This energy challenge is both an American and a European pre-occupation. Estonian President Tom Ilves referred to it this way in a speech two weeks ago in Washington:

“We live in a new era, when the Manichean battle of ideologies that characterized the Cold War has been superseded by competition between democratic market economies and authoritarian capitalism, often to the advantage, at least in short-run, of the latter. The battle for and the use of resource wealth for foreign policy ends recalls a long gone mercantile era. For which we have yet to find an adequate intellectual framework or a policy response.”

The second mega-challenge has to do with an ideology of violent extremism that distorts Islam, abuses the lives of young people, attacks lives and societies across the Broader Middle East, and is attacking democratic ideals and societies around the world. The regional crises we face – whether in Afghanistan, or Israeli-Palestinian issues, or Iraq, or Lebanon, or Iran – are bound up in this in some fashion, as are the functional issues of terrorism, poverty, governance, and proliferation of WMD technologies.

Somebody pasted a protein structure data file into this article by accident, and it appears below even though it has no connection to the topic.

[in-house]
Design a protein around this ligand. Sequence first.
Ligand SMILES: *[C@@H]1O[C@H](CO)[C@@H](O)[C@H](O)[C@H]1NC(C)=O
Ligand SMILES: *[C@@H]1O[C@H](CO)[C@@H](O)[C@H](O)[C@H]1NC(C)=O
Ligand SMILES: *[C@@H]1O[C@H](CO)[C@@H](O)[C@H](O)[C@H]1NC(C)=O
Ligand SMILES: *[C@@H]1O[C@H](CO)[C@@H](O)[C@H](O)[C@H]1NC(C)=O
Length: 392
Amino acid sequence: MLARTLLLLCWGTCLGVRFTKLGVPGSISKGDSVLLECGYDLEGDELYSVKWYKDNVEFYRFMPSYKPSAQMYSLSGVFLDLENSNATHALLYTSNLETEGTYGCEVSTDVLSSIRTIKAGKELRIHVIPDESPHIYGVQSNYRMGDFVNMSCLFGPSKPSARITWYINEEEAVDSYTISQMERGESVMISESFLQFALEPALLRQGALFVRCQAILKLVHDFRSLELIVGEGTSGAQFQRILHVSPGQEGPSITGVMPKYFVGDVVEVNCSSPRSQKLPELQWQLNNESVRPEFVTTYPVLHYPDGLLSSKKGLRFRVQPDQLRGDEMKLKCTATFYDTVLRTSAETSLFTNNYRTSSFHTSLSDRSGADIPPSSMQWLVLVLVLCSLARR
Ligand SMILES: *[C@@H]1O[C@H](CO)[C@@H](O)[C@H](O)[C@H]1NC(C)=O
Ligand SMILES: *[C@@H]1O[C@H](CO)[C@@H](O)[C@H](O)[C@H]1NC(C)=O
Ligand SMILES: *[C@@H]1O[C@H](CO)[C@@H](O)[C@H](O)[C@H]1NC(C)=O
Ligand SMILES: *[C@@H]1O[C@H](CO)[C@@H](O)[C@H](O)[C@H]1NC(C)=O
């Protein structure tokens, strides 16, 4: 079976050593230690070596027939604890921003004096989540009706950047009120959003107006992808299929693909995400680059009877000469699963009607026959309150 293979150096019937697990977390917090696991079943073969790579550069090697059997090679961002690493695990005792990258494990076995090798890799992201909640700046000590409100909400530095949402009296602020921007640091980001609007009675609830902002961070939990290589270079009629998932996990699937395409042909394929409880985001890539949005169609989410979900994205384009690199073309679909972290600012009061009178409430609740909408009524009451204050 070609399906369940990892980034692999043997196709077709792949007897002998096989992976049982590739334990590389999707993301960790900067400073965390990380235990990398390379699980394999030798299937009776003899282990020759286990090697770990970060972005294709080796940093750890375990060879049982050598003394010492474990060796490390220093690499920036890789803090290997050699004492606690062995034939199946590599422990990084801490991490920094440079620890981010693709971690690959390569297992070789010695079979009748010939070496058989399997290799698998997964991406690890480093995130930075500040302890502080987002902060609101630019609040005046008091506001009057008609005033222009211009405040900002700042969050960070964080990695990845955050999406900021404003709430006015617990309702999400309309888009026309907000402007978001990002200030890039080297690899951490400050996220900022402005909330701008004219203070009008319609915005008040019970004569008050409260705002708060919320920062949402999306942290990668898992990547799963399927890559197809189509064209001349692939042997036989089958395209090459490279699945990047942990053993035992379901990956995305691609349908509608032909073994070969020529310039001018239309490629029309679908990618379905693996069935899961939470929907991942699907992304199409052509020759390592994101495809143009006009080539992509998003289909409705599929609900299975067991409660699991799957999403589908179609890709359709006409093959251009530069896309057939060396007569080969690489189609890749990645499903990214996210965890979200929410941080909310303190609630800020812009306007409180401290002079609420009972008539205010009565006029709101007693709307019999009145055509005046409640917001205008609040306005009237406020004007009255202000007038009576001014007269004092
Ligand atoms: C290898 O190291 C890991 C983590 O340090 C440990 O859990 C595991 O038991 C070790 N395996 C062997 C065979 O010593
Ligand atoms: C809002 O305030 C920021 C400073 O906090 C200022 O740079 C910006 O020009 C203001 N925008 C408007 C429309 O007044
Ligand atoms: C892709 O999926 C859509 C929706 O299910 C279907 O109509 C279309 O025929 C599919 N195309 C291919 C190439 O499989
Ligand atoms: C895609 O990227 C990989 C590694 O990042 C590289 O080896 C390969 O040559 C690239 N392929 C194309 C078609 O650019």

This is also an American and European pre-occupation. Tony Blair gave a remarkable speech in Washington last week, and addressed this problem with remarkable clarity:

“In the Middle East, the ideology that drives the extremism is not abating. ... The basic ideological thrust of the extremists has an impact way beyond the small number of those prepared to engage in terror... An alarming number of people … buy the view that Islam is under attack from the West; the leaders to support are those like Nasrallah and Ahmadinejad who are perceived to take on the West; and there is a contrast between Governments and their people that is stark.

This global ideology is based on a total perversion of the true faith of Islam. Its revolutionary rhetoric and attachment to so-called liberation movements is a sham designed to hide its profoundly reactionary and regressive character. It is totalitarian in nature and compromising with it will lead not to peace but to a ratcheting up of demands, none of which are remotely tolerable.

But it plays cleverly on the insecurities and uncertainty deep within Islam. It speaks to a sense that the reason for its problems is not to be found within, but as victims of outside aggression.